At least 11 people were killed in a series of separate blasts that hit a mosque in Kabul and vehicles in the northern city of Mazar-i-Sharif.
A series of explosions in the northern city of Mazar-i-Sharif has killed nine people, while a mosque blast in the capital Kabul has left at least two worshipers dead, officials say.
A bomb blast near a mosque in the capital Kabul late Wednesday killed at least two people and injured 10 others, the interior ministry said.
Kabul Emergency Hospital posted on Twitter that five people were killed in the blast at the mosque and another 22 were injured.
Al Jazeera could not independently verify the death toll.
Several ambulances rushed to a mosque in Kabul to transport the victims of the blast, eyewitnesses said.
No further details were given about the blast that struck Hazrat Zakaria Mosque in the city’s central police district 4, according to Khalid Zadran, a Taliban police spokesman in Kabul.
“The explosion took place while people were inside the mosque for evening prayers,” Zadran said, adding that they were waiting for information.
Minibuses were targeted in the northern city of Mazar-i-Sharif and explosive devices were placed inside the vehicles, according to Mohammad Asif Waziri, a Taliban-appointed spokesman in Balkh province. He said the blasts killed nine and injured 15.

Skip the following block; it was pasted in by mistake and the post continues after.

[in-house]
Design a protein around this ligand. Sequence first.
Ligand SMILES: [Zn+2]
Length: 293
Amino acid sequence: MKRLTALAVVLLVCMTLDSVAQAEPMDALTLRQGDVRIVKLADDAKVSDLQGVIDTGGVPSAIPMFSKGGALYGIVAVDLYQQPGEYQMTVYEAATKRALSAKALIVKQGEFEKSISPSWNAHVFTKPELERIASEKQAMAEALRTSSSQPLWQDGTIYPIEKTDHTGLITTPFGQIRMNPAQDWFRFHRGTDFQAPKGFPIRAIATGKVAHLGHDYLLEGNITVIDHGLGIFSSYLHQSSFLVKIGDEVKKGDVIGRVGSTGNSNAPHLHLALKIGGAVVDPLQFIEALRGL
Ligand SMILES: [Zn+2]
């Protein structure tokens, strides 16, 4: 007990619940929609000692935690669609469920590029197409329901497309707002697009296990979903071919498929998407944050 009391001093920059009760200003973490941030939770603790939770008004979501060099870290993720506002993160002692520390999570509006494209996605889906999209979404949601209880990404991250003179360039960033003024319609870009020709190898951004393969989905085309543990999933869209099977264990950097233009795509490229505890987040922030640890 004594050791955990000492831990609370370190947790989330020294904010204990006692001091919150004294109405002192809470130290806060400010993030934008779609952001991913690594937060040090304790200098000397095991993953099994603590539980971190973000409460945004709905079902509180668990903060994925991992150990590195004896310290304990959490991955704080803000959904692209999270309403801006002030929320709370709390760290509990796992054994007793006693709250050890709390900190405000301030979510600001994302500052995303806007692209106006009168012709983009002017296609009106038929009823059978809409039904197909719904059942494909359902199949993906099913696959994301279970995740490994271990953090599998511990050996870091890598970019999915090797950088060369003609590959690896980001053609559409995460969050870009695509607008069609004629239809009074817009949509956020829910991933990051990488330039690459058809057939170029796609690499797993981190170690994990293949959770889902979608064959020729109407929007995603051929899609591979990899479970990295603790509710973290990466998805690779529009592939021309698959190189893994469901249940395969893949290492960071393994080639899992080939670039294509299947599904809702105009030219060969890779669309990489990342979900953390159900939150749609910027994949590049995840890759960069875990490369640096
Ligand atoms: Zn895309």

“The bombs were detonated on three minibuses in different parts of the city,” Waziri said, adding that 15 other people were injured.
ISIL assumes responsibility
ISIL (ISIS) claimed responsibility for the attacks in Mazar-e-Sharif in a message posted on the Aamaq news agency.
No group has claimed responsibility for the blast at a mosque in Kabul, but it also bore the brunt of a regional branch of ISIL known as Islamic State in Khorasan Province, ISKP (ISIS-K).
The number of bombings has dropped across the country since the Taliban seized power last August, but many cities were rocked by bombings during the holy month of Ramadan.
Dozens of civilians were killed during Ramadan in mainly sectarian attacks – some of which are blamed on ISKP.
The ISKP, which has been active in Afghanistan since 2014, is considered the biggest security challenge facing the country’s Taliban leaders.
Following their capture, the Taliban launched a sweeping crackdown on ISKP headquarters in eastern Afghanistan.